“Whenever we first came up with the idea, we wanted to talk to people in the community to see how they might react, and one of the thoughts early on was to talk to the people who are pretty hard on tax measures,” says Larry Sides, president of Sides & Associates, the airport’s communications firm. “So I invited a handful of them to come to the airport, not in an official capacity as somebody repping a group, but to speak to them as individuals. We wanted feedback, to know their objections and reservations to help us get answers so we’d be better prepared.”

That meeting, says Sides, included members of the Acadiana Patriots, the Tea Party and Acadiana Republican Women, and surprisingly, they liked the idea.

“What came out of that meeting with those conservative groups [was] they asked, ‘Why has this taken so long?’ They very much liked the fact that this was a capital project they could go out and touch and feel. They liked it was only eight months, and that the money goes exactly where the tax says it goes,” recalls Sides.

Typically, Sides says, voters’ reluctance to taxes stems from the lack of an expiration date and the absence of any guarantee that the money will be spent on what was proposed. Not with this tax.

“It couldn’t be extended,” he says. “What will happen is this tax will start April 1 and it ends Nov. 30, 2015. The only way to get more money is to go and create another tax, which means starting with the Airport Commission, going to the council and then back to the voters. Good luck with that.”

According to Sides, the tax’s eight-month lifespan is all that will be needed to make the project happen. If passed, the tax is expected to generate about $36 million, or 30 percent of the project’s total cost. The rest of the funding, says Sides, will come from bonds, as well as state and federal funds.

“The airport is completely debt free, it’s paid off all past bonds so it has a strong bonding capacity,” explains Sides. “We can bond out more or less based on what the airport gets in state and federal money. The FAA has funds; they put money into new airports all the time, and the state has done that before too, but we’ve got to put up local funds to get the others.”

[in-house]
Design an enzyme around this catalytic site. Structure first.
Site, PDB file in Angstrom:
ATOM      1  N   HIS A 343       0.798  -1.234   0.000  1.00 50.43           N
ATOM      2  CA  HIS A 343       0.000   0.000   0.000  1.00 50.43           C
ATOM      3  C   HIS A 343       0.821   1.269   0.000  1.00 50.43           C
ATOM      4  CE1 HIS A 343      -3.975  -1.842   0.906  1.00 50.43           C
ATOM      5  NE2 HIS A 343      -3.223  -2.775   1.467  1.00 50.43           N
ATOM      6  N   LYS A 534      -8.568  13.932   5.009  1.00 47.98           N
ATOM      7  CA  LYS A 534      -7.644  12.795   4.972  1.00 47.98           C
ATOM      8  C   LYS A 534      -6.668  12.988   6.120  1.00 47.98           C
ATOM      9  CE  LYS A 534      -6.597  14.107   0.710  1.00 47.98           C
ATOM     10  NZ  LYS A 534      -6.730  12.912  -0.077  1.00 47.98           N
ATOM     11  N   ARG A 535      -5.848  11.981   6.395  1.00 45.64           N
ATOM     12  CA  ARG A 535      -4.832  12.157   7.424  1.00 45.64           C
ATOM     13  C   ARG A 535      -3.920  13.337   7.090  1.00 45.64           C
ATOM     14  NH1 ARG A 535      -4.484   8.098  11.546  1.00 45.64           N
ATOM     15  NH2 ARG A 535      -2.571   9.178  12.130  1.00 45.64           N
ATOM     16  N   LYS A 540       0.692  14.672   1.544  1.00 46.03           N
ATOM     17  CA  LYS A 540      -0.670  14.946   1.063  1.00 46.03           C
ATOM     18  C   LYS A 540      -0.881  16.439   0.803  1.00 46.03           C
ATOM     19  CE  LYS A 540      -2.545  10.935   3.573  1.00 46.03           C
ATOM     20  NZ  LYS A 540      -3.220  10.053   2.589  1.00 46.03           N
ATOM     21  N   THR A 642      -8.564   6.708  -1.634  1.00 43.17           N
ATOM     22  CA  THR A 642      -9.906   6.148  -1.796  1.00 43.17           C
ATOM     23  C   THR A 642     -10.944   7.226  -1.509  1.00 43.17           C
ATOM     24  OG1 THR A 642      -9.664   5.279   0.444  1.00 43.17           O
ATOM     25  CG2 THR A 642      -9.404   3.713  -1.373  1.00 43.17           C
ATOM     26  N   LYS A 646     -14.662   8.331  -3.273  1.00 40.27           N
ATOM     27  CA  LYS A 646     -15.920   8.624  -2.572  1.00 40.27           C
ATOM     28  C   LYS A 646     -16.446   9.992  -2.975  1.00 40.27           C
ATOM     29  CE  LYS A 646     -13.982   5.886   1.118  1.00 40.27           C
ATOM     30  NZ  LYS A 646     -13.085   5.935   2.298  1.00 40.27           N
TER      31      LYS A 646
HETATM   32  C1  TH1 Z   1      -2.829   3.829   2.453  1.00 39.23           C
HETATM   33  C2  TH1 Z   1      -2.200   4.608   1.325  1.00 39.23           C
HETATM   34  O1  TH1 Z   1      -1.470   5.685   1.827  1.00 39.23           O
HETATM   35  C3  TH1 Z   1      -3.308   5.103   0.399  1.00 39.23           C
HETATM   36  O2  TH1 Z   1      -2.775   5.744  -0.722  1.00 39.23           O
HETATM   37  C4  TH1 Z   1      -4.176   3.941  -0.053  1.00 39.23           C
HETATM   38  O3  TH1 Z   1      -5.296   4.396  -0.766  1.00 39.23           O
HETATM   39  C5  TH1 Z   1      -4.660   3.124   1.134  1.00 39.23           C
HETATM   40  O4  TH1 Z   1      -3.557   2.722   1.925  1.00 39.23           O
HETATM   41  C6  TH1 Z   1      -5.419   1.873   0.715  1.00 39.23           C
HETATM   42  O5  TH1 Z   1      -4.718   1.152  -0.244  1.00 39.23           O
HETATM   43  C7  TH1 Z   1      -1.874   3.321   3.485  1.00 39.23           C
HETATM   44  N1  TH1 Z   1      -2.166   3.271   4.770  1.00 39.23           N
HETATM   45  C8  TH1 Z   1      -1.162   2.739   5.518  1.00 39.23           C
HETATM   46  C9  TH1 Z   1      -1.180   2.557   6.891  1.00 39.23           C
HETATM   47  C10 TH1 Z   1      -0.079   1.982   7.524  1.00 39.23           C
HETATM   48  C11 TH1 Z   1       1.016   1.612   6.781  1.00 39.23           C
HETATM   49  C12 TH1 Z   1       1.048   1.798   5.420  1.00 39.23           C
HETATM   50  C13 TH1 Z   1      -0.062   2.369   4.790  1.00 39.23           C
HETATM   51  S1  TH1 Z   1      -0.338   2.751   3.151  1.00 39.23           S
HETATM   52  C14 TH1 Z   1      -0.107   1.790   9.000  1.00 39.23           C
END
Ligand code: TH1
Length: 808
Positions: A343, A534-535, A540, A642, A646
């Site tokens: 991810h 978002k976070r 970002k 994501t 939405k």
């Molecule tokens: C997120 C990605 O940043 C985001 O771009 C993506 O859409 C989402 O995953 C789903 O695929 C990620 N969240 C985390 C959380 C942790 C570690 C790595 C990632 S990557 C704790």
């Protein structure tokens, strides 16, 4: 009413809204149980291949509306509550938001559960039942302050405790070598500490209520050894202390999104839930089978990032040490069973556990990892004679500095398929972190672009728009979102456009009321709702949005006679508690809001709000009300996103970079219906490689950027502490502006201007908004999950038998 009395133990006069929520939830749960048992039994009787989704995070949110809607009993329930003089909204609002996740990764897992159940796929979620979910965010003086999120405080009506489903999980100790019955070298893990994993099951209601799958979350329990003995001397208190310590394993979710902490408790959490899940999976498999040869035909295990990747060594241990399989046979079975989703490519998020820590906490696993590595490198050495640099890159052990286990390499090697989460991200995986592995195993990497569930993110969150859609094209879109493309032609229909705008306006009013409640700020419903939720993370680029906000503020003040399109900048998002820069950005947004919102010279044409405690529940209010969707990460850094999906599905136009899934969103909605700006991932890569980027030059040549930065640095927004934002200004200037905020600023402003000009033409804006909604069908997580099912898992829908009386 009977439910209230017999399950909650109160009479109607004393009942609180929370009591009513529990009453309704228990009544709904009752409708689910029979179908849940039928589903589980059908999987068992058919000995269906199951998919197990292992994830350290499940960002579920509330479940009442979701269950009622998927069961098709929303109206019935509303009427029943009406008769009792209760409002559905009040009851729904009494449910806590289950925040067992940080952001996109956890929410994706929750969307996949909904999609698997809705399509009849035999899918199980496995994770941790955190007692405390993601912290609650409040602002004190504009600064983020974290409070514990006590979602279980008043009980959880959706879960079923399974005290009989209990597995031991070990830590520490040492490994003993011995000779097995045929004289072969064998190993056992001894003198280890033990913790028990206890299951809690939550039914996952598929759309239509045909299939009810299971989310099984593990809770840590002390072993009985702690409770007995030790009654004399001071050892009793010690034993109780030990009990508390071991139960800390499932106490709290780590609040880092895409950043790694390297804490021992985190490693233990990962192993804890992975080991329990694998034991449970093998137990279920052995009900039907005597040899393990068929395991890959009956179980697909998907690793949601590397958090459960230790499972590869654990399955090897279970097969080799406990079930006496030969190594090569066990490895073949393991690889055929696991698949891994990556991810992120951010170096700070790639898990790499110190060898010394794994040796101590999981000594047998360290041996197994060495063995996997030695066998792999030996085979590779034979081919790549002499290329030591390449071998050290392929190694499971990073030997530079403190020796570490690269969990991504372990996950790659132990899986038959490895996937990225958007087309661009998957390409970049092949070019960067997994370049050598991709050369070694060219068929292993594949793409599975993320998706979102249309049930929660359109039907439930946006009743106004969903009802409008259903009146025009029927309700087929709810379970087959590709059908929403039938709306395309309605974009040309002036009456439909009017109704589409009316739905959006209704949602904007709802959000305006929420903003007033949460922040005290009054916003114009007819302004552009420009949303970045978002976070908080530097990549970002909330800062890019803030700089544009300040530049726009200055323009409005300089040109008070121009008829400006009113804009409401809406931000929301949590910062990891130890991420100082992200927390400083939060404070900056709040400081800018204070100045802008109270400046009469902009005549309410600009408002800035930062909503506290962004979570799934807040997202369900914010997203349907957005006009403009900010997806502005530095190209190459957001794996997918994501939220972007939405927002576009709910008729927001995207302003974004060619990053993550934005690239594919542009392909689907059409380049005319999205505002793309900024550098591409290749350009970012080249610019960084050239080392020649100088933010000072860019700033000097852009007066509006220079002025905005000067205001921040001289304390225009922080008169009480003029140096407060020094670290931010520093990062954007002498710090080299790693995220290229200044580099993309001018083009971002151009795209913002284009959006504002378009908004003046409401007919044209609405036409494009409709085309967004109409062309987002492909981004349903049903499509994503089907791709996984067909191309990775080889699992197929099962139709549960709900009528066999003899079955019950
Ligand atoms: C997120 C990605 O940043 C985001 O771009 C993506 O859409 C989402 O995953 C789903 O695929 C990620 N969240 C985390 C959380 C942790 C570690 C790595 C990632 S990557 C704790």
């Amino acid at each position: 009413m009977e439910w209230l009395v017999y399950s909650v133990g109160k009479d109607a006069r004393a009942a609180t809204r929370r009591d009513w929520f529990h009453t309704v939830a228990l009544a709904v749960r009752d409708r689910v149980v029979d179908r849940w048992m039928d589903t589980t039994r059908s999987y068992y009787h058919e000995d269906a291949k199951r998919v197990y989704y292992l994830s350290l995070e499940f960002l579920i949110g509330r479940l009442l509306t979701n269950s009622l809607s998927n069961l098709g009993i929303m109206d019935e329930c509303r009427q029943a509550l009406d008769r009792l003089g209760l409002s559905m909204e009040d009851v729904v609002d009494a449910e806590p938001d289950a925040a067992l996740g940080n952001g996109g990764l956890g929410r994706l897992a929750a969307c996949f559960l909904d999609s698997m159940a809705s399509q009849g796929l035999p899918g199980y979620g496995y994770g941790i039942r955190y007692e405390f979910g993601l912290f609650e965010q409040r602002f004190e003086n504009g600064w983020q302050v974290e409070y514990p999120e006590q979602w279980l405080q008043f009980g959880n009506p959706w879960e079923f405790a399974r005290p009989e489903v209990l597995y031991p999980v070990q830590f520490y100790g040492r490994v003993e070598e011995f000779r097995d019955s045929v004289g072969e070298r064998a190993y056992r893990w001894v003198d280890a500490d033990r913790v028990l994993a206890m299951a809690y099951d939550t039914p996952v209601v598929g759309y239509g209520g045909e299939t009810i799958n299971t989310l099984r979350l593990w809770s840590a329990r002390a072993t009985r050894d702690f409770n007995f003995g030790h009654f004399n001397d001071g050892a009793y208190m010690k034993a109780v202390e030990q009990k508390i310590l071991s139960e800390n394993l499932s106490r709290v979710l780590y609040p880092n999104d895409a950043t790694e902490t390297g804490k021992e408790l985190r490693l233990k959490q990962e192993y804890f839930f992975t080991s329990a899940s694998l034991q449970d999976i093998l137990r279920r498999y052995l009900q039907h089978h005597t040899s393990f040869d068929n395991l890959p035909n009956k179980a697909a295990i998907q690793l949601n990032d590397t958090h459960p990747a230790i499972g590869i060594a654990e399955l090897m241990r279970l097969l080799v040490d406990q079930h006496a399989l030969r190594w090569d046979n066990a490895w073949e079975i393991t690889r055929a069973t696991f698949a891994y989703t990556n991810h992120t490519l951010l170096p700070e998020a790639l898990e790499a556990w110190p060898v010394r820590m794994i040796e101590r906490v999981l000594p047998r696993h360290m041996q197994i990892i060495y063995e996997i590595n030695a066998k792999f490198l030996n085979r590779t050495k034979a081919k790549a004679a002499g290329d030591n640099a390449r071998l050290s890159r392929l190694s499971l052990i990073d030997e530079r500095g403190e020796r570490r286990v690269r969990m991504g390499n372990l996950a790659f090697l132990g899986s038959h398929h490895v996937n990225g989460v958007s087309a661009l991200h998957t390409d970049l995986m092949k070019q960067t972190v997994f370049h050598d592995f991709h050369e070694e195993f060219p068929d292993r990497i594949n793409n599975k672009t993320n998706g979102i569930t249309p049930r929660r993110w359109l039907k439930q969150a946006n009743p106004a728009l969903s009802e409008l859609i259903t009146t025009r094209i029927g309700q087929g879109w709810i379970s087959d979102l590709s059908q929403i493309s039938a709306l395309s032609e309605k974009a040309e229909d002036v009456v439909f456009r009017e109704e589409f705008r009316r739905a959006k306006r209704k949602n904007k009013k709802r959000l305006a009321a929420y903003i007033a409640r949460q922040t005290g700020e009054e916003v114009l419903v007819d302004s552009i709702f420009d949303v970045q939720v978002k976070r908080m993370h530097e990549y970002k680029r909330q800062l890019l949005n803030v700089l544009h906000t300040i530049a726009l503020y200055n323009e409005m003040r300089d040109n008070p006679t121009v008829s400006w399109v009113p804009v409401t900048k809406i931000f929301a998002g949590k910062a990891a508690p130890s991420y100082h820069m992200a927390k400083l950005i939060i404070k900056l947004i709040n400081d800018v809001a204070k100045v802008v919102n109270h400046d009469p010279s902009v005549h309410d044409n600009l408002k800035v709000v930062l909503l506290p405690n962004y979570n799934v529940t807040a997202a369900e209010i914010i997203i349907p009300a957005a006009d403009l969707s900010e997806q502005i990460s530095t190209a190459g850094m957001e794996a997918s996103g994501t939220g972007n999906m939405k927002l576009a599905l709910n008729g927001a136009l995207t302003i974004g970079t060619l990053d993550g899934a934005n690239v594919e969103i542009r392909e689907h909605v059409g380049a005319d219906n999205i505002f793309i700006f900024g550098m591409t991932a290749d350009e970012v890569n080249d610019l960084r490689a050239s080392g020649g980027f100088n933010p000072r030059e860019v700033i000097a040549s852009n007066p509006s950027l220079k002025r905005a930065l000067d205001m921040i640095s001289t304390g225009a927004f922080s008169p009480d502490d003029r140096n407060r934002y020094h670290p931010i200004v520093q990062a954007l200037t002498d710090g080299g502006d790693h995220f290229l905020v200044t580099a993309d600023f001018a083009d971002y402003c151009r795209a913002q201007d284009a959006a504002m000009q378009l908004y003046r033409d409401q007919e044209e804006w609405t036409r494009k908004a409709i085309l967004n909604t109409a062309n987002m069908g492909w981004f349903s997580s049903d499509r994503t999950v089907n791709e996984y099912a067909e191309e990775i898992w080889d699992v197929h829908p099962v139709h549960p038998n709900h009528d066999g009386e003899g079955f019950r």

Though it’s contingent on the tax, the project — which will include the new terminal, parking lot and ramp expansion — will likely have a three-year timeline.

“The year the tax is being collected, we’ll try and get all the ground work done, starting within the month of the tax passing we’ll have a company chosen to move forward on the final design,” explains Cruse. “That design and planning will take the remainder of 2015, in 2016 we’ll go out for bid and start the construction process, which should take about two years. Realistically, the new terminal will be open and ready by the end of 2017 or the first part of 2018.”

But first, the proposed tax will have to go back before the City-Parish Council for a final vote on June 17 to approve putting it on the ballot this fall. And then, voters will have to approve the measure.

“I don’t think we’ve passed anything new in the way of taxes in Lafayette in a long time,” says Sides. “But there’s nothing quite like this tax, because no one ever puts up a tax with the intention of pulling it on a specific date. I think this could be a template for future funding requests from the public. It’s incredibly unique.”